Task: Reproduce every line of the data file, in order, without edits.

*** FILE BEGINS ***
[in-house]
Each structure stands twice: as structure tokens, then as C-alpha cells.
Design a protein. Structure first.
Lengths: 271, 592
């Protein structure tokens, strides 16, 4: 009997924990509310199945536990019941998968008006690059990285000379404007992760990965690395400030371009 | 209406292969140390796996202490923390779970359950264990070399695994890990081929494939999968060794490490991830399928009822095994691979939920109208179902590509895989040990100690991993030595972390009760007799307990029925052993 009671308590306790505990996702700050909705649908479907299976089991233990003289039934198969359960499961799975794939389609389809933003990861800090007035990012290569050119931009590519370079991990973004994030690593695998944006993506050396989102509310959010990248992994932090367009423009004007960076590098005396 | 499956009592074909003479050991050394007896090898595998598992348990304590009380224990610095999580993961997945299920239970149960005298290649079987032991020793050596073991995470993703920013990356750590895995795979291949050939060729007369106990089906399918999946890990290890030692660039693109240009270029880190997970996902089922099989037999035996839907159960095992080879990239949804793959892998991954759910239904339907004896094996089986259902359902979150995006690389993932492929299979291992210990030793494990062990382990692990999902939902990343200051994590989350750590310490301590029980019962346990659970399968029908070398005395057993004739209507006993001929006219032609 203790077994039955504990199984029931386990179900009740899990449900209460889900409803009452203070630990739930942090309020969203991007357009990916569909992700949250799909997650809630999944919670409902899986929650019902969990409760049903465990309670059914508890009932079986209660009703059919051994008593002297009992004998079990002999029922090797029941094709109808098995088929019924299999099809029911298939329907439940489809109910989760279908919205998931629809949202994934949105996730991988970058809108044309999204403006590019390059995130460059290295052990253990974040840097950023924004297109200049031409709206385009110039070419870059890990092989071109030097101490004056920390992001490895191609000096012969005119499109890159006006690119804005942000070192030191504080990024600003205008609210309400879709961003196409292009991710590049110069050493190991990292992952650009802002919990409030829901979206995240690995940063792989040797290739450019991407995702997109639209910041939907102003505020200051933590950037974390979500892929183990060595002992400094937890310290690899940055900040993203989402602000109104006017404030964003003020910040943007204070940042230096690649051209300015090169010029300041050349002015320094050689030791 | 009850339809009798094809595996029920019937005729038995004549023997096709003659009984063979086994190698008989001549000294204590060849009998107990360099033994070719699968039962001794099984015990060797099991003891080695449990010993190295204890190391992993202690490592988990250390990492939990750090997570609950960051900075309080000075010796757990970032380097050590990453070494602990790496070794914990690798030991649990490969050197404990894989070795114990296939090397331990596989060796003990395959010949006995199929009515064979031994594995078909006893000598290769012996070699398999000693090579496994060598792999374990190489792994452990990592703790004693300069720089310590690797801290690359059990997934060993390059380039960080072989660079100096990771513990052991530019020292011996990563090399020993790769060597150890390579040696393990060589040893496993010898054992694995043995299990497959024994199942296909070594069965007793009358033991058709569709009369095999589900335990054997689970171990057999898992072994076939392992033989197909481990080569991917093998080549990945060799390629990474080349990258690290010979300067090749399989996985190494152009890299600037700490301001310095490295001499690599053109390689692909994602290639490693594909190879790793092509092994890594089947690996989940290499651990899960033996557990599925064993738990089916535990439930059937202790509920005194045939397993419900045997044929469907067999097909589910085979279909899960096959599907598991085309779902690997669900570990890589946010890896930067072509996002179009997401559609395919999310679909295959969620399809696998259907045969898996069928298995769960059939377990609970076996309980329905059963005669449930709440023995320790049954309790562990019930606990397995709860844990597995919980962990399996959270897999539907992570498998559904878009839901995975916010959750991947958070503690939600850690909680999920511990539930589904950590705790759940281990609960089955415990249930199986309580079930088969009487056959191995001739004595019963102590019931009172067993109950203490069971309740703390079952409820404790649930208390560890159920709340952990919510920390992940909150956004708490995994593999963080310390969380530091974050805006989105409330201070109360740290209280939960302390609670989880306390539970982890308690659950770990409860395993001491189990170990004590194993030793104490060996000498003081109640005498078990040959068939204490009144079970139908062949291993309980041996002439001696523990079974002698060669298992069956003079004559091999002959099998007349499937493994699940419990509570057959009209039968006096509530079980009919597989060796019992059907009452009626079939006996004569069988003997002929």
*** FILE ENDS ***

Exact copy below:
[in-house]
Each structure stands twice: as structure tokens, then as C-alpha cells.
Design a protein. Structure first.
Lengths: 271, 592
């Protein structure tokens, strides 16, 4: 009997924990509310199945536990019941998968008006690059990285000379404007992760990965690395400030371009 | 209406292969140390796996202490923390779970359950264990070399695994890990081929494939999968060794490490991830399928009822095994691979939920109208179902590509895989040990100690991993030595972390009760007799307990029925052993 009671308590306790505990996702700050909705649908479907299976089991233990003289039934198969359960499961799975794939389609389809933003990861800090007035990012290569050119931009590519370079991990973004994030690593695998944006993506050396989102509310959010990248992994932090367009423009004007960076590098005396 | 499956009592074909003479050991050394007896090898595998598992348990304590009380224990610095999580993961997945299920239970149960005298290649079987032991020793050596073991995470993703920013990356750590895995795979291949050939060729007369106990089906399918999946890990290890030692660039693109240009270029880190997970996902089922099989037999035996839907159960095992080879990239949804793959892998991954759910239904339907004896094996089986259902359902979150995006690389993932492929299979291992210990030793494990062990382990692990999902939902990343200051994590989350750590310490301590029980019962346990659970399968029908070398005395057993004739209507006993001929006219032609 203790077994039955504990199984029931386990179900009740899990449900209460889900409803009452203070630990739930942090309020969203991007357009990916569909992700949250799909997650809630999944919670409902899986929650019902969990409760049903465990309670059914508890009932079986209660009703059919051994008593002297009992004998079990002999029922090797029941094709109808098995088929019924299999099809029911298939329907439940489809109910989760279908919205998931629809949202994934949105996730991988970058809108044309999204403006590019390059995130460059290295052990253990974040840097950023924004297109200049031409709206385009110039070419870059890990092989071109030097101490004056920390992001490895191609000096012969005119499109890159006006690119804005942000070192030191504080990024600003205008609210309400879709961003196409292009991710590049110069050493190991990292992952650009802002919990409030829901979206995240690995940063792989040797290739450019991407995702997109639209910041939907102003505020200051933590950037974390979500892929183990060595002992400094937890310290690899940055900040993203989402602000109104006017404030964003003020910040943007204070940042230096690649051209300015090169010029300041050349002015320094050689030791 | 009850339809009798094809595996029920019937005729038995004549023997096709003659009984063979086994190698008989001549000294204590060849009998107990360099033994070719699968039962001794099984015990060797099991003891080695449990010993190295204890190391992993202690490592988990250390990492939990750090997570609950960051900075309080000075010796757990970032380097050590990453070494602990790496070794914990690798030991649990490969050197404990894989070795114990296939090397331990596989060796003990395959010949006995199929009515064979031994594995078909006893000598290769012996070699398999000693090579496994060598792999374990190489792994452990990592703790004693300069720089310590690797801290690359059990997934060993390059380039960080072989660079100096990771513990052991530019020292011996990563090399020993790769060597150890390579040696393990060589040893496993010898054992694995043995299990497959024994199942296909070594069965007793009358033991058709569709009369095999589900335990054997689970171990057999898992072994076939392992033989197909481990080569991917093998080549990945060799390629990474080349990258690290010979300067090749399989996985190494152009890299600037700490301001310095490295001499690599053109390689692909994602290639490693594909190879790793092509092994890594089947690996989940290499651990899960033996557990599925064993738990089916535990439930059937202790509920005194045939397993419900045997044929469907067999097909589910085979279909899960096959599907598991085309779902690997669900570990890589946010890896930067072509996002179009997401559609395919999310679909295959969620399809696998259907045969898996069928298995769960059939377990609970076996309980329905059963005669449930709440023995320790049954309790562990019930606990397995709860844990597995919980962990399996959270897999539907992570498998559904878009839901995975916010959750991947958070503690939600850690909680999920511990539930589904950590705790759940281990609960089955415990249930199986309580079930088969009487056959191995001739004595019963102590019931009172067993109950203490069971309740703390079952409820404790649930208390560890159920709340952990919510920390992940909150956004708490995994593999963080310390969380530091974050805006989105409330201070109360740290209280939960302390609670989880306390539970982890308690659950770990409860395993001491189990170990004590194993030793104490060996000498003081109640005498078990040959068939204490009144079970139908062949291993309980041996002439001696523990079974002698060669298992069956003079004559091999002959099998007349499937493994699940419990509570057959009209039968006096509530079980009919597989060796019992059907009452009626079939006996004569069988003997002929």